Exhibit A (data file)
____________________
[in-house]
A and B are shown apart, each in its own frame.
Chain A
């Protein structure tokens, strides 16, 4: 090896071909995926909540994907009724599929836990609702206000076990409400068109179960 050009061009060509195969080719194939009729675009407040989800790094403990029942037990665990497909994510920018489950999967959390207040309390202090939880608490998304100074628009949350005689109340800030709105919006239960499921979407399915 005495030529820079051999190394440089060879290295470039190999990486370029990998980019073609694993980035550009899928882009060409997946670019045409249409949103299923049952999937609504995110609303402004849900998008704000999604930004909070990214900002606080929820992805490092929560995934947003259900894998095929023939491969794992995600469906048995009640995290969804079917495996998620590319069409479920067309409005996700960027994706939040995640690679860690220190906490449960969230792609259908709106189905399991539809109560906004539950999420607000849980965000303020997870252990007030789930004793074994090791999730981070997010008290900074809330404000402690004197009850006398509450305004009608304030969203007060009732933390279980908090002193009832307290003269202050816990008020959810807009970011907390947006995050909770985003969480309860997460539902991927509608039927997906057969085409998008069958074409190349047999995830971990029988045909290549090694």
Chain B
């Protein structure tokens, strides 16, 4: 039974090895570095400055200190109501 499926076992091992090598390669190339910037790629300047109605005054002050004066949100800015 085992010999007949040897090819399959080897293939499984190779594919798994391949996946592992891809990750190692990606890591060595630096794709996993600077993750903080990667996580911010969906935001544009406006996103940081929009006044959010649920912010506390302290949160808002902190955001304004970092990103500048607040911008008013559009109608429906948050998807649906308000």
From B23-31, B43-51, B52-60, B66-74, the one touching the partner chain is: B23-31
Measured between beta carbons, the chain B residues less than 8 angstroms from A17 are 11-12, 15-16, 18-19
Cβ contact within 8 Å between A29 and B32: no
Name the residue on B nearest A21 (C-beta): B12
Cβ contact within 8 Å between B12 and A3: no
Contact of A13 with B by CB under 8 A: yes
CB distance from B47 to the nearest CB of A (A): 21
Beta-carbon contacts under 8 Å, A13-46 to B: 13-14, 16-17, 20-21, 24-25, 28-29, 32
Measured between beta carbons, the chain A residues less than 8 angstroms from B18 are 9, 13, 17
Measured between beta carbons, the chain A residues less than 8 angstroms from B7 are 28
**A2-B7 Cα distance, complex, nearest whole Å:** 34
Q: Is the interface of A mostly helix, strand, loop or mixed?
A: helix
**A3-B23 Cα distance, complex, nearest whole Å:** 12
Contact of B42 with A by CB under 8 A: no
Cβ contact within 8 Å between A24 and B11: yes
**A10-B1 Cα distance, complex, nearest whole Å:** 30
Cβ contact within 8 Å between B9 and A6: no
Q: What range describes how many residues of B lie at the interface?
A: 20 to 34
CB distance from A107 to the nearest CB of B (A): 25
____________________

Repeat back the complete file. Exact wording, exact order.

[in-house]
A and B are shown apart, each in its own frame.
Chain A
């Protein structure tokens, strides 16, 4: 090896071909995926909540994907009724599929836990609702206000076990409400068109179960 050009061009060509195969080719194939009729675009407040989800790094403990029942037990665990497909994510920018489950999967959390207040309390202090939880608490998304100074628009949350005689109340800030709105919006239960499921979407399915 005495030529820079051999190394440089060879290295470039190999990486370029990998980019073609694993980035550009899928882009060409997946670019045409249409949103299923049952999937609504995110609303402004849900998008704000999604930004909070990214900002606080929820992805490092929560995934947003259900894998095929023939491969794992995600469906048995009640995290969804079917495996998620590319069409479920067309409005996700960027994706939040995640690679860690220190906490449960969230792609259908709106189905399991539809109560906004539950999420607000849980965000303020997870252990007030789930004793074994090791999730981070997010008290900074809330404000402690004197009850006398509450305004009608304030969203007060009732933390279980908090002193009832307290003269202050816990008020959810807009970011907390947006995050909770985003969480309860997460539902991927509608039927997906057969085409998008069958074409190349047999995830971990029988045909290549090694």
Chain B
């Protein structure tokens, strides 16, 4: 039974090895570095400055200190109501 499926076992091992090598390669190339910037790629300047109605005054002050004066949100800015 085992010999007949040897090819399959080897293939499984190779594919798994391949996946592992891809990750190692990606890591060595630096794709996993600077993750903080990667996580911010969906935001544009406006996103940081929009006044959010649920912010506390302290949160808002902190955001304004970092990103500048607040911008008013559009109608429906948050998807649906308000």
From B23-31, B43-51, B52-60, B66-74, the one touching the partner chain is: B23-31
Measured between beta carbons, the chain B residues less than 8 angstroms from A17 are 11-12, 15-16, 18-19
Cβ contact within 8 Å between A29 and B32: no
Name the residue on B nearest A21 (C-beta): B12
Cβ contact within 8 Å between B12 and A3: no
Contact of A13 with B by CB under 8 A: yes
CB distance from B47 to the nearest CB of A (A): 21
Beta-carbon contacts under 8 Å, A13-46 to B: 13-14, 16-17, 20-21, 24-25, 28-29, 32
Measured between beta carbons, the chain A residues less than 8 angstroms from B18 are 9, 13, 17
Measured between beta carbons, the chain A residues less than 8 angstroms from B7 are 28
**A2-B7 Cα distance, complex, nearest whole Å:** 34
Q: Is the interface of A mostly helix, strand, loop or mixed?
A: helix
**A3-B23 Cα distance, complex, nearest whole Å:** 12
Contact of B42 with A by CB under 8 A: no
Cβ contact within 8 Å between A24 and B11: yes
**A10-B1 Cα distance, complex, nearest whole Å:** 30
Cβ contact within 8 Å between B9 and A6: no
Q: What range describes how many residues of B lie at the interface?
A: 20 to 34
CB distance from A107 to the nearest CB of B (A): 25